The ancient Roman Empire relied on a network of cities that played a pivotal role in its domain’s administration, social organization, and economy. By the first century A.D., there were approximately 2000 cities across the Roman world, and one of them was Falerii Novi.
Ancient ruins of the city of Falerii Novi. Credit: Adobe Stock – Buffy1982
Historical records inform that Falerii Novi was founded by the Falisci tribe in 241 B.C, following the defeat of a revolt led by the inhabitants of nearby Falerii Veteres (now Civita Castellana). The fortified city of Falerii Novi in Lazio, Italy, was inhabited until the 7th century B.C, when it was abandoned and, more or less forgotten, lying buried beneath agricultural fields and olive groves.
“According to one source, 12th-century chronicler Zonaras, Rome forcibly resettled the defeated Faliscans to a less defensible location — Falerii Novi or “new Falerii.” Its construction, intimately associated with the Roman road Via Amerina, is a rare example of preserved Roman Republican urban planning.
The city was occupied through Roman antiquity and the early medieval period (6th and 7th centuries C.E.). It was on a key strategic trading route leading north from Rome, perhaps from Ponte Milvio, through central Italy.
We know little of its later history, except that the still-standing church of Santa Maria di Falleri was founded by Benedictines in 1036, disbanded in 1392, and the building was in ruins by 1571. It is now largely restored with excavated Roman roads visible beneath the floor.
Credit: Verdonck et al., Antiquity
When and how Falerii Novi became buried remains a mystery. How did such a large walled city become covered in so much soil? And what happened in late antiquity to cause its abandonment?” 1
In 2020, archeologists from the University of Cambridge and Ghent announced a detailed ground-penetrating radar mapping survey that resulted in finding a huge ancient underground city.
The Roman city discovered using radar was unlike anything seen before. Covering an area of approximately 30 hectares and being just under half the size of Pompeii, the town consisted of a bath complex, market, temple, a public monument, and a sprawling network of water pipes.
The ancient city discovered by the researchers was Falerii Novi, but the site was much too large to be excavated. Fortunately, high-resolution 3D images of buried structures allowed scientists to travel back in time and better understand what this place once looked like.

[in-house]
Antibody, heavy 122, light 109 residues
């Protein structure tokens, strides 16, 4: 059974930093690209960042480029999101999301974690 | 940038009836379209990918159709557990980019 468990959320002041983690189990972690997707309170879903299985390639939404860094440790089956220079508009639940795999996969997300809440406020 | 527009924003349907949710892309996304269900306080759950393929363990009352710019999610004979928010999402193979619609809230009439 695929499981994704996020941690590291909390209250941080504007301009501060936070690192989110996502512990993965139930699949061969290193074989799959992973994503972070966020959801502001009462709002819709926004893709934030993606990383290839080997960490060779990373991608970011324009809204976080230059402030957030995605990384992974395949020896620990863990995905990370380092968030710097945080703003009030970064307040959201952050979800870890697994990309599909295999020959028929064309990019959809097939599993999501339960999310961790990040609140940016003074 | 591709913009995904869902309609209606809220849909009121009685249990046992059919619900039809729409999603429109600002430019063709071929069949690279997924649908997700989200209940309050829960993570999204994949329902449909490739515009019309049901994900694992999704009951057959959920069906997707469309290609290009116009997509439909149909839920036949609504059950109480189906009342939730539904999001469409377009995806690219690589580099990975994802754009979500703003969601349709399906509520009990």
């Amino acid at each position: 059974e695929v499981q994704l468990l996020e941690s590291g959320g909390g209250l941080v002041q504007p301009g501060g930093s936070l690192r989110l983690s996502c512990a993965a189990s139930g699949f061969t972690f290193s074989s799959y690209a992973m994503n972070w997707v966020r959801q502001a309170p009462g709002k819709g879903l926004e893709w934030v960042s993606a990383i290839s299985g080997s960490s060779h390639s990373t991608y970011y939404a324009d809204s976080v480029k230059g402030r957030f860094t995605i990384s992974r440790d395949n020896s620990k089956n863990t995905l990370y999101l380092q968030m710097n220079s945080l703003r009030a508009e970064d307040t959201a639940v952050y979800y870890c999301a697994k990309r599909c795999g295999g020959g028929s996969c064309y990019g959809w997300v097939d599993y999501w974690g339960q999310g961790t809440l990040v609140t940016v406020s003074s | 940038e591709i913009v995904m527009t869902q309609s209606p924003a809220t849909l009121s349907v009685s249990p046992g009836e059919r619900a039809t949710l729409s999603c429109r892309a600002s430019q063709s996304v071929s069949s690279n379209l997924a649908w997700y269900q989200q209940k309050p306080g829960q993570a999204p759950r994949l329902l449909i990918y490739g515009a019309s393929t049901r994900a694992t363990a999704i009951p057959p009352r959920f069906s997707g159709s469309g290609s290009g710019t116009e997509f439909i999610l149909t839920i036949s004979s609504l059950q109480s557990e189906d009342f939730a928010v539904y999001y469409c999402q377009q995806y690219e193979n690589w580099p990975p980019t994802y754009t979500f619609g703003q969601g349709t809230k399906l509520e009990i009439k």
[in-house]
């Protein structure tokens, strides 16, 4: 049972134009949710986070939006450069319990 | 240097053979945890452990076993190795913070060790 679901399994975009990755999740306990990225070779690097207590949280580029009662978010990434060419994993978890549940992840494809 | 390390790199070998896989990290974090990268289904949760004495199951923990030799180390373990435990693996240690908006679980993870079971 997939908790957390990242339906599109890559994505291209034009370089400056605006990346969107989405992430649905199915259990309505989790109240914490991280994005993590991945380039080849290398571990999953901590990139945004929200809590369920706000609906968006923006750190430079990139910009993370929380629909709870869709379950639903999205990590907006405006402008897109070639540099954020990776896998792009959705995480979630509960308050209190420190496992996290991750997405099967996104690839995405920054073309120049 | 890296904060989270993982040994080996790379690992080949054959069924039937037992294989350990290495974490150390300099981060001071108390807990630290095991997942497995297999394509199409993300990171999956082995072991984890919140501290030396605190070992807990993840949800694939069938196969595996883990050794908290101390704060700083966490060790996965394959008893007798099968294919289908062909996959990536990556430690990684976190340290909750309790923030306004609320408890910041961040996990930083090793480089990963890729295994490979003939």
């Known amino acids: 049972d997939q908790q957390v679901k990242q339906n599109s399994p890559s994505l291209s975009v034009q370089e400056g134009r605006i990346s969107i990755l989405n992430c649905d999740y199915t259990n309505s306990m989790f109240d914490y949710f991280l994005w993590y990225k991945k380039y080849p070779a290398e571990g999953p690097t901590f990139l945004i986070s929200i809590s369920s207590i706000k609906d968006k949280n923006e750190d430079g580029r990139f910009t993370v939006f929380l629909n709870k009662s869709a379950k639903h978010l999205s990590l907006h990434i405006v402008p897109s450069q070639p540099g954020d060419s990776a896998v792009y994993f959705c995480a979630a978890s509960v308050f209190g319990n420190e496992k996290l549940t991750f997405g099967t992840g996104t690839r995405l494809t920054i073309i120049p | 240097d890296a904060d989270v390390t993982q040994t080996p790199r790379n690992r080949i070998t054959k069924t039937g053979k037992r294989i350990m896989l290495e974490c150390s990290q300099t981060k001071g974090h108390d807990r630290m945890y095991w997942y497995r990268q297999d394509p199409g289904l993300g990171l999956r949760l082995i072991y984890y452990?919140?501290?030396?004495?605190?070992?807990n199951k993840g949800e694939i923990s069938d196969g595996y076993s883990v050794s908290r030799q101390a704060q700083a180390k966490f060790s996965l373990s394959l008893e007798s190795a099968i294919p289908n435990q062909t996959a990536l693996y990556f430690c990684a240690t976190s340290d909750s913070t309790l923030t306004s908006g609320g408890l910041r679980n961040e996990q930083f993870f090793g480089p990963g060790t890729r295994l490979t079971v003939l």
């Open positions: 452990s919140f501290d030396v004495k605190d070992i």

The GPS survey revealed “revealed previously unrecorded public buildings, such as a temple, a macellum or market building, and a bath complex. While these buildings fall within the expected repertoire of a Roman city, some are architecturally sophisticated—more elaborate than would usually be expected in a small town. More unexpected were two enormous structures adjacent to the walls. Immediately to the east of the north gate is an enclosure defined on three sides by a substantial portions duplex (covered passageway with a central row of columns) approximately 90 × 40m in size, opening onto the street. A pair of structures, each with a central niche, face each other within the interior of the complex.” 2
In their science study, the researchers explained they were not familiar with a direct parallel to this structure, but it was a public monument
The church of Santa Maria di Falleri in 1972. Credit: Wikimedia Commons
According to the scientists, one of the most incredible structures discovered during this survey was, without doubt, a colossal structure, over 100 meters long, thought to be a colonnaded temple against the north city wall.
The discovery of the ancient underground city of Falerii Novi is significant because understanding the earliest development of towns in Italy during this period is central to any comprehension of Roman imperialism itself. However, as Professor Martin Millett also explained,” the earliest phases of these cities, many of which have continued in occupation until today, lie deeply buried beneath later structures.” 3
The discovery of the ancient underground city of Falerii Novi emphasizes the importance of ground-penetrating radar mapping survey in the field of archaeology.